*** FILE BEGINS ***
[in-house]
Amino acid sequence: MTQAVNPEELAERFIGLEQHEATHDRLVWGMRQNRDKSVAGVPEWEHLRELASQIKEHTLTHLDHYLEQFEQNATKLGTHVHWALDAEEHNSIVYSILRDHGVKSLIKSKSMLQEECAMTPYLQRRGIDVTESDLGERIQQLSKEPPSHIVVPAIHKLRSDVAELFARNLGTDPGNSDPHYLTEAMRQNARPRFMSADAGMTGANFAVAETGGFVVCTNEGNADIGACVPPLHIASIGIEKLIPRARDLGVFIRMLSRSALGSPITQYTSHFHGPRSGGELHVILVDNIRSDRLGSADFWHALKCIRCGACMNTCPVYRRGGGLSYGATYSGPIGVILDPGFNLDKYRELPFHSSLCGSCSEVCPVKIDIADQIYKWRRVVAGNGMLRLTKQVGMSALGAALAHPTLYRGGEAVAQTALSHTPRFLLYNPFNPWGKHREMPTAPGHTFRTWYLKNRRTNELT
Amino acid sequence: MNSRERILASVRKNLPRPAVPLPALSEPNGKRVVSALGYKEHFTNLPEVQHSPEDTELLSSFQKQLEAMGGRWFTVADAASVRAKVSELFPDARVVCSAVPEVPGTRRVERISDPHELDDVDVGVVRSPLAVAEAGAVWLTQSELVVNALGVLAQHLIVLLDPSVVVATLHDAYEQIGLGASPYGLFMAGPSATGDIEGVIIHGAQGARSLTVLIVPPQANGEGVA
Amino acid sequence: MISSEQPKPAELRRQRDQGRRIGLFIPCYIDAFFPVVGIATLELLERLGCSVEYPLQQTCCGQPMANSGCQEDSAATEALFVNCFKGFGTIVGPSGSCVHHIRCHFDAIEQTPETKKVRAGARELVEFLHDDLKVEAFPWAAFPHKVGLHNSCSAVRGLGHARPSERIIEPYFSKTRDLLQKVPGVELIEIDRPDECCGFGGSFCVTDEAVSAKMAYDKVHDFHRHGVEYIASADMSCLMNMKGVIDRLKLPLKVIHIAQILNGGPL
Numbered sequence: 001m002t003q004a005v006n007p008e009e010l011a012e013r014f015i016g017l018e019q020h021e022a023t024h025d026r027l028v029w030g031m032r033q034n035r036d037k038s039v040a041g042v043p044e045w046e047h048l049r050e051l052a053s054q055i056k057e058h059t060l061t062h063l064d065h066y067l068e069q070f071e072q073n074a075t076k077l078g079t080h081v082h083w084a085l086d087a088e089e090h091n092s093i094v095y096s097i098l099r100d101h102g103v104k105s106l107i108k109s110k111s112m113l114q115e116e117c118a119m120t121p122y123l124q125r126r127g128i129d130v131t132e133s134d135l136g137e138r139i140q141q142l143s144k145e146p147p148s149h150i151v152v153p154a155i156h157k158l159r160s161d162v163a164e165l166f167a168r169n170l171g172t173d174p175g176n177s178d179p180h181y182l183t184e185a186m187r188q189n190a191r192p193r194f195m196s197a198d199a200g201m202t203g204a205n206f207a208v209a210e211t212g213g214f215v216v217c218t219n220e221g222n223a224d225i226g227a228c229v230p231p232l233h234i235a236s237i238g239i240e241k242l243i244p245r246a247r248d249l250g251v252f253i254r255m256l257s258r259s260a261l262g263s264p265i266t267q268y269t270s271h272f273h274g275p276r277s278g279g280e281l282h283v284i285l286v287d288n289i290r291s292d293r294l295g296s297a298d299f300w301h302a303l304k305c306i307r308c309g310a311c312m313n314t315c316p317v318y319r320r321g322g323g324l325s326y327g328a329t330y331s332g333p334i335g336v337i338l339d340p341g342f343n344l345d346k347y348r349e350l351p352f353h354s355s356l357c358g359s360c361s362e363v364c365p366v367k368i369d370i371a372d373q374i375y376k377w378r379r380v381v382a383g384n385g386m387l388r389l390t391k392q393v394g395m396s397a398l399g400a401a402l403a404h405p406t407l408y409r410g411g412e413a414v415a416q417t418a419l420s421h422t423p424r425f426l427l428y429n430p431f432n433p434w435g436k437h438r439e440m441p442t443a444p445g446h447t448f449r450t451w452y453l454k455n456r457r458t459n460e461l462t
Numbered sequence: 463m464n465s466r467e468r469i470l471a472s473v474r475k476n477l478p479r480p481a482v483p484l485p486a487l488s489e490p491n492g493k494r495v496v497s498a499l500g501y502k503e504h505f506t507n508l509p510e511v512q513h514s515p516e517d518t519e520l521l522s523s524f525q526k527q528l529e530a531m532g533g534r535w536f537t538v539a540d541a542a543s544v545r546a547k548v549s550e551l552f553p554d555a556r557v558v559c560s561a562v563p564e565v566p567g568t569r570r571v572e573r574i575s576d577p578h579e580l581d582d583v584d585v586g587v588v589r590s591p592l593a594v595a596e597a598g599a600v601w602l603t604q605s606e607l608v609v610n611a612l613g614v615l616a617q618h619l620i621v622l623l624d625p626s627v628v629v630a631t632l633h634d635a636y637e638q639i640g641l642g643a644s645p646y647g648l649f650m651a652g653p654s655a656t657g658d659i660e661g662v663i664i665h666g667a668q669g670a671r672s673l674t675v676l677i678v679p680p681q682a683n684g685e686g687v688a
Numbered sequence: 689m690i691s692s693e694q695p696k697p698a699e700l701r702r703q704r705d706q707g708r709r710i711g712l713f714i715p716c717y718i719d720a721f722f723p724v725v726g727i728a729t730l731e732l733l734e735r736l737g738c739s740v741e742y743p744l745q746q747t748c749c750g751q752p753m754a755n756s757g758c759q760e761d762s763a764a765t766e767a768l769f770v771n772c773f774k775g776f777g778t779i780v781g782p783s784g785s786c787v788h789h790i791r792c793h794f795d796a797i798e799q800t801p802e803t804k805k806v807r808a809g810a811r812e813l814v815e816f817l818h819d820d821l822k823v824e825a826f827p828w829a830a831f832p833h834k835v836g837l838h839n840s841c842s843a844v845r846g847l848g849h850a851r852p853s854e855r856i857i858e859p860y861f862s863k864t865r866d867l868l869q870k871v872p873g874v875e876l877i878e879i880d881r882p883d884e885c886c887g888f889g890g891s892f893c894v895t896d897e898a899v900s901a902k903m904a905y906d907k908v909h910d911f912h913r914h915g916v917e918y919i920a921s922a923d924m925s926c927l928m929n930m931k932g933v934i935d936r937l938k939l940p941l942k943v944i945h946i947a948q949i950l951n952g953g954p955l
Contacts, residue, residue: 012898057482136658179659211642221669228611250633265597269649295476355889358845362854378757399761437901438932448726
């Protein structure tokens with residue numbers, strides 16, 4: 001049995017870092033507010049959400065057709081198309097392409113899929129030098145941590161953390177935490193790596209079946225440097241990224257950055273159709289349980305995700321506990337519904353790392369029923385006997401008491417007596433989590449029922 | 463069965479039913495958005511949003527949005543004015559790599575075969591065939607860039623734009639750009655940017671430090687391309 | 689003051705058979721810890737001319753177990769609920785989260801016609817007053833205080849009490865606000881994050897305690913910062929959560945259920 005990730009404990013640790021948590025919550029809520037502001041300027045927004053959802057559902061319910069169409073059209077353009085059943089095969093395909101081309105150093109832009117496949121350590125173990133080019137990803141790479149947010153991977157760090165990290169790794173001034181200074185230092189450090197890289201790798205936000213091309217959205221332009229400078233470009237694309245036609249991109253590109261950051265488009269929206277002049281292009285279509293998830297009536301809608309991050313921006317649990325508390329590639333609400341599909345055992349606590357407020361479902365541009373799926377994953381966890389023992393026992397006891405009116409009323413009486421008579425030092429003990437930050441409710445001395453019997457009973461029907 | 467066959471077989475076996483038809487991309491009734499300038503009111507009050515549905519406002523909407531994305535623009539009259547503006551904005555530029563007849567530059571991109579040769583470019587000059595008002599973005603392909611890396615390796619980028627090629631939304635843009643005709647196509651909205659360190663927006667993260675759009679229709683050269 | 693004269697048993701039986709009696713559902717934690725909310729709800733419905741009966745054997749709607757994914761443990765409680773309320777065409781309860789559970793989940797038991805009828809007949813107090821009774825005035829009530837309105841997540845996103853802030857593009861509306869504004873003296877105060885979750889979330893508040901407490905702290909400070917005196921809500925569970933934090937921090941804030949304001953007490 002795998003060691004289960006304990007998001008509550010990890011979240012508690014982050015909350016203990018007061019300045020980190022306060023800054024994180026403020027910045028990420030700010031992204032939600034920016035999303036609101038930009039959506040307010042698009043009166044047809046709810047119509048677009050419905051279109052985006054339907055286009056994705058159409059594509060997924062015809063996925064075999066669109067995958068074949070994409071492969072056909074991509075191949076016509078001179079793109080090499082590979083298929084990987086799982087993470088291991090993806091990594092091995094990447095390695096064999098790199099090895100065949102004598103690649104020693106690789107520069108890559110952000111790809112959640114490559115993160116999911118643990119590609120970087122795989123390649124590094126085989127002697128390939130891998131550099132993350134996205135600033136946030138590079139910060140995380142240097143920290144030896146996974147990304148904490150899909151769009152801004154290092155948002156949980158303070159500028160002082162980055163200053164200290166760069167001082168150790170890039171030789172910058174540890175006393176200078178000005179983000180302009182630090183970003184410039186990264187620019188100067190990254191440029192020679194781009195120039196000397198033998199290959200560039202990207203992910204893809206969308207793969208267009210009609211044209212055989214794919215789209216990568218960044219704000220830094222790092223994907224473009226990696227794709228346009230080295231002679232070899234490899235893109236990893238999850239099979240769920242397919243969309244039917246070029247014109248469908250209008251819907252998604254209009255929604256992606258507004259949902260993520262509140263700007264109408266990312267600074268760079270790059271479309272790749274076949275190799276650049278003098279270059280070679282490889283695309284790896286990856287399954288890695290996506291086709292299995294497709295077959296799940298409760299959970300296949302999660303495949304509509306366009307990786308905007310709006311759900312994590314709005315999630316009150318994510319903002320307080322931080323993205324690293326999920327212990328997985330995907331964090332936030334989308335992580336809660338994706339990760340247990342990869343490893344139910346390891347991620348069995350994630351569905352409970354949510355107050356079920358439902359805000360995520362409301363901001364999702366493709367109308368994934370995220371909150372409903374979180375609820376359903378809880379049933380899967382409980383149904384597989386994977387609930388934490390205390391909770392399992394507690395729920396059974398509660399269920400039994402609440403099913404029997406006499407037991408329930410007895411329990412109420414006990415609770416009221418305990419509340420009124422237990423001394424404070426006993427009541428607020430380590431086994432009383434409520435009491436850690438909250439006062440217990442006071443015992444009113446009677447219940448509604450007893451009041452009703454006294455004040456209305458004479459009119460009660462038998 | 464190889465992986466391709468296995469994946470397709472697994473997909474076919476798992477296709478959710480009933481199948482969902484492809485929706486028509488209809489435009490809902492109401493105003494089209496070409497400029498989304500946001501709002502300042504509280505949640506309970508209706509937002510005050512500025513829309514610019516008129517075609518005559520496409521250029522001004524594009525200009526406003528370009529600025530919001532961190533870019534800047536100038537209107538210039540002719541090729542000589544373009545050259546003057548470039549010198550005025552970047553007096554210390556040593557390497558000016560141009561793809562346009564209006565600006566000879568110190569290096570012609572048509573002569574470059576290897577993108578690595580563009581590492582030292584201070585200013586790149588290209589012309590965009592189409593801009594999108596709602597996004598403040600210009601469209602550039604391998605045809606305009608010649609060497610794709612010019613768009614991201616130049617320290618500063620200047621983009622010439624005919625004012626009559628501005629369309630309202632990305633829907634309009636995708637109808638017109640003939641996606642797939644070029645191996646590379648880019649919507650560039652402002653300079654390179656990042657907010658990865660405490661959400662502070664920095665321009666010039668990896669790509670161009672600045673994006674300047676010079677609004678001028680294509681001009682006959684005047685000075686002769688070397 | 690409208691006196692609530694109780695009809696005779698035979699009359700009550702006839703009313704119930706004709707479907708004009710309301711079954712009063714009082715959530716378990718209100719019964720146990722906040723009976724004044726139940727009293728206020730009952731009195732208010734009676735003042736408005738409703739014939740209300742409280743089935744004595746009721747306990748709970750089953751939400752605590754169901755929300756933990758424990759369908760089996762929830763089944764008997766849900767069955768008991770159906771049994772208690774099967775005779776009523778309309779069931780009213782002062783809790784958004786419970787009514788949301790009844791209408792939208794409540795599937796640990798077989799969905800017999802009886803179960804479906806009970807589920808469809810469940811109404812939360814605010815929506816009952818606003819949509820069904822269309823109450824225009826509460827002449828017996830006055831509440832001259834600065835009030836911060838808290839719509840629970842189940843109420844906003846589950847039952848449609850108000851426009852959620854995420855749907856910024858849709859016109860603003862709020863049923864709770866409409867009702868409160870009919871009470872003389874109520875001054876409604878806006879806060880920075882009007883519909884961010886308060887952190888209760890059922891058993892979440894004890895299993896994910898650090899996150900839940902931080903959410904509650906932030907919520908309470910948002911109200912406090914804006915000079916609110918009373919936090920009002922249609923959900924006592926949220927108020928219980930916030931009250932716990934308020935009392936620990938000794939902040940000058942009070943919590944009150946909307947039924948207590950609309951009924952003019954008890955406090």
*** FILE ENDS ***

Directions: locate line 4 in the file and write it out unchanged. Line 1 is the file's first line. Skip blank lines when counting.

Amino acid sequence: MISSEQPKPAELRRQRDQGRRIGLFIPCYIDAFFPVVGIATLELLERLGCSVEYPLQQTCCGQPMANSGCQEDSAATEALFVNCFKGFGTIVGPSGSCVHHIRCHFDAIEQTPETKKVRAGARELVEFLHDDLKVEAFPWAAFPHKVGLHNSCSAVRGLGHARPSERIIEPYFSKTRDLLQKVPGVELIEIDRPDECCGFGGSFCVTDEAVSAKMAYDKVHDFHRHGVEYIASADMSCLMNMKGVIDRLKLPLKVIHIAQILNGGPL